Kayaking to Lake Superior’s Slate Islands

Back to Superior Country Blog
August 17th, 2021

I knew that everyone from the Anishinaabe on down had stories to tell about the Great Lake they call Gichigami. So, it was no surprise that after six days kayaking amidst Lake Superior’s Slate Islands near Terrace Bay, I’d have stories too. I worried they would be about cold, wind and waves. I imagined regaling readers about how I almost added another vessel to the estimated 550/350, mostly undiscovered shipwrecks that litter the depths of the notoriously frigid, largest fresh-water lake in the world.

What hadn’t occurred to me was that my tales would be of crystal-clear water, dead-calm days, wildflowers and swimming – yes swimming – in sun-warmed bays protected from Lake Superior’s unfathomable depths of up to 405 metres where the average water temperature is a kayaker-numbing 2°C.

Lake Superior has the cleanest and clearest water of all the Great Lakes

Our trip began with a drive along Highway 17, following a route known to me as “North of Superior.” I recalled the stomach-churning, 1971 IMAX film of the same name showcasing the dramatic landscape that now stretched out before me. Although I’d driven North of Superior before, I’d been too young to appreciate the rolling forested hills, tidy farms, cascading rivers, lakes, waterfalls and curving shorelines along what is surely Canada’s most under-rated scenic drive. As we made our way northwest, I imagined I was in a vintage convertible, a chiffon scarf blowing in the breeze with James Bond behind the wheel expertly negotiating the sinuous road.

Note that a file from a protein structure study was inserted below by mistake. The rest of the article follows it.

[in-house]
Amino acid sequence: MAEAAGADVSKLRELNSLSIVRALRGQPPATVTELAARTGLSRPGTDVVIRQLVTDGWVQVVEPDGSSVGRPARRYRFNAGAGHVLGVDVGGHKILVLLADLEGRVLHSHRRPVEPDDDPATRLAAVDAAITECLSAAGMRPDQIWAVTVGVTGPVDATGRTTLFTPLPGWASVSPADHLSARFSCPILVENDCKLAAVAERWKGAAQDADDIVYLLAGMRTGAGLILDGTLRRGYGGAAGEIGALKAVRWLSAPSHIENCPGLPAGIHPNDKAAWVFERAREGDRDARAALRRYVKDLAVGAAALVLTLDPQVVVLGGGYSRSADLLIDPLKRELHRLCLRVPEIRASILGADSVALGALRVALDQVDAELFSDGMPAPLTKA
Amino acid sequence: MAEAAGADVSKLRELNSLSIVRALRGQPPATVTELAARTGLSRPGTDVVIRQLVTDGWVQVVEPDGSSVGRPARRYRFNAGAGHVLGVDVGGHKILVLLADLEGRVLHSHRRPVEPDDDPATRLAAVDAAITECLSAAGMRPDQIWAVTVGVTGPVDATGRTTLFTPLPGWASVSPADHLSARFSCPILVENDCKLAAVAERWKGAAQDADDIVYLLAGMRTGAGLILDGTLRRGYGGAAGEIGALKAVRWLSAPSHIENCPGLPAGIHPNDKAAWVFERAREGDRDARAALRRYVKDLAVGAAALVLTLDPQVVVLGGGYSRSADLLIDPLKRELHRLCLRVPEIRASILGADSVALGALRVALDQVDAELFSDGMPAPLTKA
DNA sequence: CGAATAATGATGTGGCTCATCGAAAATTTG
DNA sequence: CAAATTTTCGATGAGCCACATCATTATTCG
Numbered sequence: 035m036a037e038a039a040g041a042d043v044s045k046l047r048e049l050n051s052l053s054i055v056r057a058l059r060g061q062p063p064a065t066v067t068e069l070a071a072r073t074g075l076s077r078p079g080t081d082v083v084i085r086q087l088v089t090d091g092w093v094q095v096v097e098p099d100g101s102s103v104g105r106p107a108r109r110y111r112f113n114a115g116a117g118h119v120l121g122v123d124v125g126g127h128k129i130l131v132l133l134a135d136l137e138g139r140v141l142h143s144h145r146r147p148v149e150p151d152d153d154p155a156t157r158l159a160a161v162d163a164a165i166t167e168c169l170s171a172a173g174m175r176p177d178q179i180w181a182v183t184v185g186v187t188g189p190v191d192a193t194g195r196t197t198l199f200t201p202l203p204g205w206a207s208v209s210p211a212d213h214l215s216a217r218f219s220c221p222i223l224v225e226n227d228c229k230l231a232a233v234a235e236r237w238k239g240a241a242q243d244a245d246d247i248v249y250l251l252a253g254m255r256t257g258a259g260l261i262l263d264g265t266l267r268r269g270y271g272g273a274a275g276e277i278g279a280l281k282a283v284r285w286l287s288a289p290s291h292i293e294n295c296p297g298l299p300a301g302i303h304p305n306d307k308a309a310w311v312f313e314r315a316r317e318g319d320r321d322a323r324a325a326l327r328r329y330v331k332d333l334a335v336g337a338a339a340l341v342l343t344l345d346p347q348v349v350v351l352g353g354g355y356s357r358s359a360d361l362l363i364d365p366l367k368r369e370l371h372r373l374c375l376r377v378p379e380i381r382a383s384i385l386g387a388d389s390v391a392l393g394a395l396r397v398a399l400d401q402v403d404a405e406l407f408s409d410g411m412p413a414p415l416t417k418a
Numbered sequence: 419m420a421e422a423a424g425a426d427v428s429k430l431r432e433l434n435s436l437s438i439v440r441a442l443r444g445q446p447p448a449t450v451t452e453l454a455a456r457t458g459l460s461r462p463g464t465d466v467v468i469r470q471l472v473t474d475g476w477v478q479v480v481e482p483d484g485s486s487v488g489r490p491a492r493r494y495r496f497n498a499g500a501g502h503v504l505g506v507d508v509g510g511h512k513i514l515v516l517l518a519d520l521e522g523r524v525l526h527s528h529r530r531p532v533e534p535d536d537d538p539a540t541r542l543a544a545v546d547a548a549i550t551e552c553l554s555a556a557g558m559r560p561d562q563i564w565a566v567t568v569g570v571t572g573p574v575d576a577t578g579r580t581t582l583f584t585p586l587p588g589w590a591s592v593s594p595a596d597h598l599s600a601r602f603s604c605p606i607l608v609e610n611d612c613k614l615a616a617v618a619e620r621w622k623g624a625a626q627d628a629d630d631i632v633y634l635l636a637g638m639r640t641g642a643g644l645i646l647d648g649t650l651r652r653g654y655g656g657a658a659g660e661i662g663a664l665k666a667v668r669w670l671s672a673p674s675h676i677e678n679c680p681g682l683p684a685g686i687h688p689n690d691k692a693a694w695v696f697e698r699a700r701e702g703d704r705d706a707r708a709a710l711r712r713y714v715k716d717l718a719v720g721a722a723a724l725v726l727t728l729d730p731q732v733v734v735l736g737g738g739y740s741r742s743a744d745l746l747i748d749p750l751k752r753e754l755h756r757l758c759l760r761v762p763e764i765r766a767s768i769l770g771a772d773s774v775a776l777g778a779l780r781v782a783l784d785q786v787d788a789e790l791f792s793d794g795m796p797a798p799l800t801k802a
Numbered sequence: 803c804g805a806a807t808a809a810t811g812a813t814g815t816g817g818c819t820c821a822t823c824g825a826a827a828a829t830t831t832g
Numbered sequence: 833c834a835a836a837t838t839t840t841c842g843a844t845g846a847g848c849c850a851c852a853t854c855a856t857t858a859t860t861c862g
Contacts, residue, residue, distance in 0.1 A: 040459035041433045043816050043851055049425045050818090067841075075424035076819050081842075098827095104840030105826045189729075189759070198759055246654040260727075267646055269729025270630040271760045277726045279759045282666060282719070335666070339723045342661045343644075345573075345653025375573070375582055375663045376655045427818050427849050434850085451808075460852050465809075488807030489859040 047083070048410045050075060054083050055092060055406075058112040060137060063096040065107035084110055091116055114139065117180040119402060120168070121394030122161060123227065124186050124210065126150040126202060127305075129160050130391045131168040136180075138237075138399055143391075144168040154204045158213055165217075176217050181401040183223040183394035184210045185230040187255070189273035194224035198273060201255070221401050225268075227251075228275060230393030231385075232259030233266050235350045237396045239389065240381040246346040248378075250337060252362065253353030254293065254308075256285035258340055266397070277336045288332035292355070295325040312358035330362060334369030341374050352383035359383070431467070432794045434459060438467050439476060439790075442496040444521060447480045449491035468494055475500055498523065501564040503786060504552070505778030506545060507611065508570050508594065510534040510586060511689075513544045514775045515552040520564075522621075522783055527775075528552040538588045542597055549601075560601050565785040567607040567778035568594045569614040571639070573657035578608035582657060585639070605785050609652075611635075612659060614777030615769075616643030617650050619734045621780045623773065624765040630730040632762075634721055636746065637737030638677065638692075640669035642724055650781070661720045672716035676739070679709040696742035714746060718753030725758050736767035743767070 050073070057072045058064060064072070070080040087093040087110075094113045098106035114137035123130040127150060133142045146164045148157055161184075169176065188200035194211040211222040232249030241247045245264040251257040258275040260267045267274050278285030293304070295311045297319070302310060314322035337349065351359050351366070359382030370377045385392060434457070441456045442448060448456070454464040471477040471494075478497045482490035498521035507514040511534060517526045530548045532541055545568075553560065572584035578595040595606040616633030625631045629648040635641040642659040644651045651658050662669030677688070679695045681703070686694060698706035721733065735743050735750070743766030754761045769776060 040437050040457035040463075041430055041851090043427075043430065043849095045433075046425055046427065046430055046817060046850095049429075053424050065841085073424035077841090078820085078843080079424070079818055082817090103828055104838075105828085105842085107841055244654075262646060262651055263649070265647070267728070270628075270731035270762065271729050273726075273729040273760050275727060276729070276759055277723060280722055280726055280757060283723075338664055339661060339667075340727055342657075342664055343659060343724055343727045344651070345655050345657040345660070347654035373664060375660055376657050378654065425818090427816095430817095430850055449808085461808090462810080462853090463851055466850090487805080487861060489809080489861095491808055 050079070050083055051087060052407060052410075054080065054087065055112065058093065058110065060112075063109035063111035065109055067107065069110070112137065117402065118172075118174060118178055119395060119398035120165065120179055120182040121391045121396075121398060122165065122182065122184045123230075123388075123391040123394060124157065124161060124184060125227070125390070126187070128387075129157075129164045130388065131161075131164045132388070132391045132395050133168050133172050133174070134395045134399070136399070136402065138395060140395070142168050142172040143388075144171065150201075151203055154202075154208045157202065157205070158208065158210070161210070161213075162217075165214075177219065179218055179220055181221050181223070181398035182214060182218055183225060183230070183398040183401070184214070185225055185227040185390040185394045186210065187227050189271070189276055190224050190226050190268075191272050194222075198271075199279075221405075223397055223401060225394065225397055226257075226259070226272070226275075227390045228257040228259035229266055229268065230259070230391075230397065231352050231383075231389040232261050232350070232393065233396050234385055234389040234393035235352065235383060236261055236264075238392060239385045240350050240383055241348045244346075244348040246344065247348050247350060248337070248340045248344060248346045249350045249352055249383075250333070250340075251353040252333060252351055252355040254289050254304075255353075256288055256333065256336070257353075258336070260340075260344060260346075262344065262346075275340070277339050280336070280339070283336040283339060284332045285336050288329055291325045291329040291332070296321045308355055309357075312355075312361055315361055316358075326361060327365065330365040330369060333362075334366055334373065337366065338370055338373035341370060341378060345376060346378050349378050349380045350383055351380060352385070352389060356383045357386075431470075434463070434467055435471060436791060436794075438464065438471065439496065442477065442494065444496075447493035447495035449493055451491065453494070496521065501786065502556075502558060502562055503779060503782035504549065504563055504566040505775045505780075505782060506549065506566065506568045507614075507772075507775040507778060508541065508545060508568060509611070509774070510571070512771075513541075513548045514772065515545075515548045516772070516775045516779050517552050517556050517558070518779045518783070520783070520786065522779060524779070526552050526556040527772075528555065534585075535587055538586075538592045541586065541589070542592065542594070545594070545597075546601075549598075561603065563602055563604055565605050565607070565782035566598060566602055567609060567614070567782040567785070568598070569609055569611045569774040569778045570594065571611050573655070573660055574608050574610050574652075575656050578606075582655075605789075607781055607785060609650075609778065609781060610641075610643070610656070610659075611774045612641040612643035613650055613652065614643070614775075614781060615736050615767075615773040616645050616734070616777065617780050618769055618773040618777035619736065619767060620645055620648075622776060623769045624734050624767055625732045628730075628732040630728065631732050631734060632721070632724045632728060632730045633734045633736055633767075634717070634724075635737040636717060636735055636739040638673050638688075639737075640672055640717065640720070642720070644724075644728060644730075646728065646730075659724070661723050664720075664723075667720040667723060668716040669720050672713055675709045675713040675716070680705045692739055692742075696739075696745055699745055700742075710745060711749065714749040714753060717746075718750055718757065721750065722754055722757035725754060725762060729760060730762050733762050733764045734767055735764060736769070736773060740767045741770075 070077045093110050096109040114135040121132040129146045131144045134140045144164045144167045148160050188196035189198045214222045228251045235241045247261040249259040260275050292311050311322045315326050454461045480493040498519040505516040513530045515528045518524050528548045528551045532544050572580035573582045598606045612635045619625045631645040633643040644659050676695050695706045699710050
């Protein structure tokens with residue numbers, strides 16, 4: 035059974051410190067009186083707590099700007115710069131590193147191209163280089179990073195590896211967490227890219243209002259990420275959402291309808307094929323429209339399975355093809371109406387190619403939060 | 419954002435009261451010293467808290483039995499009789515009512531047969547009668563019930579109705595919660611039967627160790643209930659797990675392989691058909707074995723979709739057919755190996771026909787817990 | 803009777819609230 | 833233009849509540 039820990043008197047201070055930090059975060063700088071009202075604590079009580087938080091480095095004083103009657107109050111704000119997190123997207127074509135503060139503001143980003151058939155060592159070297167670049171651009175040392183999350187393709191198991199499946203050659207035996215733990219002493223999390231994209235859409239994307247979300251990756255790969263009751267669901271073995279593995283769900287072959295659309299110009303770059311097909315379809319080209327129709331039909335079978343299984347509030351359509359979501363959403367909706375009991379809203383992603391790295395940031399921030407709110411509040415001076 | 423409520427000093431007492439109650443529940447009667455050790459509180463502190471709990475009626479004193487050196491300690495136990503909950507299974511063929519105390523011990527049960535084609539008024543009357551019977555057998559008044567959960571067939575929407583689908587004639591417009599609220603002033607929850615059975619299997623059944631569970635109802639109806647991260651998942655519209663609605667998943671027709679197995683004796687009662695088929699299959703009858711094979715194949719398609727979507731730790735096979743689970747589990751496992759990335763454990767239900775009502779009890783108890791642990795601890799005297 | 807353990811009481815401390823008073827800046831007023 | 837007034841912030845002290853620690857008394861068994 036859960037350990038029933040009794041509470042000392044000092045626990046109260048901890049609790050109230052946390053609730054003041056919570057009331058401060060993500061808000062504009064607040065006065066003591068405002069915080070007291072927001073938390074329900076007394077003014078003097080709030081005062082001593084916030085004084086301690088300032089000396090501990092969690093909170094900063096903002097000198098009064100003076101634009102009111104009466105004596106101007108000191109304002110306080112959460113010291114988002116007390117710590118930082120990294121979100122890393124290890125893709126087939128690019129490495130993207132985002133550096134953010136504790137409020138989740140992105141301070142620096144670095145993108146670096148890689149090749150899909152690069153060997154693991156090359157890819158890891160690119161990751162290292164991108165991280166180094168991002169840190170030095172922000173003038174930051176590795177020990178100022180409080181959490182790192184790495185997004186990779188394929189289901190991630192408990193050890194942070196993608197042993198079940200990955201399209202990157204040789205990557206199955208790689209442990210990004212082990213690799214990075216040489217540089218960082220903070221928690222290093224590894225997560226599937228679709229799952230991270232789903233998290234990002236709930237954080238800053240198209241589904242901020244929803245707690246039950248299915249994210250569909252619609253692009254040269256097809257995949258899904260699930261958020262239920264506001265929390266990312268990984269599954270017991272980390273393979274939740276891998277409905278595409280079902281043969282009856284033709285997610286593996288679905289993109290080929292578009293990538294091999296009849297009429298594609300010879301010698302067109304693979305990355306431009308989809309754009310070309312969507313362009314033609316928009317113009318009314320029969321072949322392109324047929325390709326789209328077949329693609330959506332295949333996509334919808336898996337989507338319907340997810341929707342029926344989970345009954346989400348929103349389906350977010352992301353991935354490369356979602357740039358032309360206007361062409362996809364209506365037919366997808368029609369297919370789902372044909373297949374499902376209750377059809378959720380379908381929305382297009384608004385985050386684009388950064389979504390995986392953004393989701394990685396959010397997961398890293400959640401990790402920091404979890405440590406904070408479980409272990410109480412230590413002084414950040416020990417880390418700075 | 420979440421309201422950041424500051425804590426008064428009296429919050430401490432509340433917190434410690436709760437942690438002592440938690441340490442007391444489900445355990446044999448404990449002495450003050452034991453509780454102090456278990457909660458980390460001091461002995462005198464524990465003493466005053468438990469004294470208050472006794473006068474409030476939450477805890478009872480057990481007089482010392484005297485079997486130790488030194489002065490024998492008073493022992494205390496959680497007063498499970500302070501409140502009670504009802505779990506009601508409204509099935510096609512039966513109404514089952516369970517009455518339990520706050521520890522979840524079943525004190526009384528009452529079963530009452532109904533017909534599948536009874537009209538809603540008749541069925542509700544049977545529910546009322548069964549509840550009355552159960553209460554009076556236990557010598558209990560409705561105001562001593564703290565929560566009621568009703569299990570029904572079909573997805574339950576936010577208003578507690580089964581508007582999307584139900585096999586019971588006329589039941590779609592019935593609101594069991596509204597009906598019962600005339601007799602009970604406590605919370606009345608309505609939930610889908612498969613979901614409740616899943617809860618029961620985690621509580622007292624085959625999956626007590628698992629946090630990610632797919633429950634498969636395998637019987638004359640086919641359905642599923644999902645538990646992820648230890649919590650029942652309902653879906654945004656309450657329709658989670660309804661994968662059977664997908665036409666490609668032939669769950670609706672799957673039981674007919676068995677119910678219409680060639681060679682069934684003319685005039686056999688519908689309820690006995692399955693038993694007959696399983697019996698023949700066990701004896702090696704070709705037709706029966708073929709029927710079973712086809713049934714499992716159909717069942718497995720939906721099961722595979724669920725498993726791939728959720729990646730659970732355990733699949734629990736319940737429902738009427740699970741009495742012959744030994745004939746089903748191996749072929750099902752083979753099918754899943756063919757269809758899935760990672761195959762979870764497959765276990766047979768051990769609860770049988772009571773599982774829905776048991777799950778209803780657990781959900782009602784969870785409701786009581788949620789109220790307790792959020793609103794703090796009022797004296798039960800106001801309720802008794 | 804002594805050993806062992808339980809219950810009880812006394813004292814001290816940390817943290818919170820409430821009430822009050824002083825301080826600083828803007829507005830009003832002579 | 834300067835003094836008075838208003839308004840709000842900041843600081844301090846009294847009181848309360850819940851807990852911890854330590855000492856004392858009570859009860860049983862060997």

Once in Terrace Bay, it didn’t take James – I mean my partner Alex – and I long to find the Slate Island Brewing Company. We ordered one of their unique brews recommended by friendly locals keen to share their stories about Lake Superior. Soon, Kendall, our server, entered into the conversation. She stoked my worst fears about the Lake Superior of my imagination: huge angry waves, gale-force winds, the Edmund Fitzgerald… Kendall recounted how, as a young child, she’d been stranded on the Slate Islands for three days along with her father and two siblings. “A storm came up out of nowhere,” she recalled. “We stayed in the Come and Rest (one of a number of cabins built on Lake Superior’s islands just for this purpose). My dad was really worried,” she said. I shook my head in disbelief when this Northern Ontario native divulged that rather than being afraid, she recalled three fun-filled days.

Slate Island Brewing Company

Our kayak trip, organized by the Wawa-based outfitter Naturally Superior, began the next day with a boat shuttle. About 30 minutes and 13 kilometres of inky-smooth, open water later we entered Slate Islands Provincial Park. This archipelago of eight islands is best known for its herd of woodland caribou, the world’s tallest shatter cone (more about that later), enormous lake trout, its protected waters and Lake Superior’s highest lighthouse. The Slate Islands are a kayaker’s dream. They are readily accessible from the mainland by shuttle or, for the brave, in a day-long paddle, and while we never spied an elusive caribou, we saw lots of fresh evidence.